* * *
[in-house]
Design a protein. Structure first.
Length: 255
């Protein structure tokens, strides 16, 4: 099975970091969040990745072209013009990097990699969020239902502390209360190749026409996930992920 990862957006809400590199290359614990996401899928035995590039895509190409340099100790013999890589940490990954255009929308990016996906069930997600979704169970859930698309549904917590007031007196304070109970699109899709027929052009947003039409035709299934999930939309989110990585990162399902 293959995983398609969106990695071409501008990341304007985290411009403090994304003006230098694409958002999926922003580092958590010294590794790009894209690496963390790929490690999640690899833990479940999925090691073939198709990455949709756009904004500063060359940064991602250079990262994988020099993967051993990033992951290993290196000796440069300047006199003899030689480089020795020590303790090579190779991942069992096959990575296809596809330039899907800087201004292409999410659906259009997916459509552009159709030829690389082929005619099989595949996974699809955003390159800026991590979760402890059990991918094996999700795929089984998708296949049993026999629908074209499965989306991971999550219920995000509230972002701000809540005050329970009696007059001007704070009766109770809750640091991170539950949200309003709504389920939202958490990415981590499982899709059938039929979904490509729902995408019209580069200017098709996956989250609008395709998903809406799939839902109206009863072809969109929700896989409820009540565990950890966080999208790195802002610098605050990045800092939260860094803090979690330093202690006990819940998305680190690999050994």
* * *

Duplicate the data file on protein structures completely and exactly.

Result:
[in-house]
Design a protein. Structure first.
Length: 255
């Protein structure tokens, strides 16, 4: 099975970091969040990745072209013009990097990699969020239902502390209360190749026409996930992920 990862957006809400590199290359614990996401899928035995590039895509190409340099100790013999890589940490990954255009929308990016996906069930997600979704169970859930698309549904917590007031007196304070109970699109899709027929052009947003039409035709299934999930939309989110990585990162399902 293959995983398609969106990695071409501008990341304007985290411009403090994304003006230098694409958002999926922003580092958590010294590794790009894209690496963390790929490690999640690899833990479940999925090691073939198709990455949709756009904004500063060359940064991602250079990262994988020099993967051993990033992951290993290196000796440069300047006199003899030689480089020795020590303790090579190779991942069992096959990575296809596809330039899907800087201004292409999410659906259009997916459509552009159709030829690389082929005619099989595949996974699809955003390159800026991590979760402890059990991918094996999700795929089984998708296949049993026999629908074209499965989306991971999550219920995000509230972002701000809540005050329970009696007059001007704070009766109770809750640091991170539950949200309003709504389920939202958490990415981590499982899709059938039929979904490509729902995408019209580069200017098709996956989250609008395709998903809406799939839902109206009863072809969109929700896989409820009540565990950890966080999208790195802002610098605050990045800092939260860094803090979690330093202690006990819940998305680190690999050994």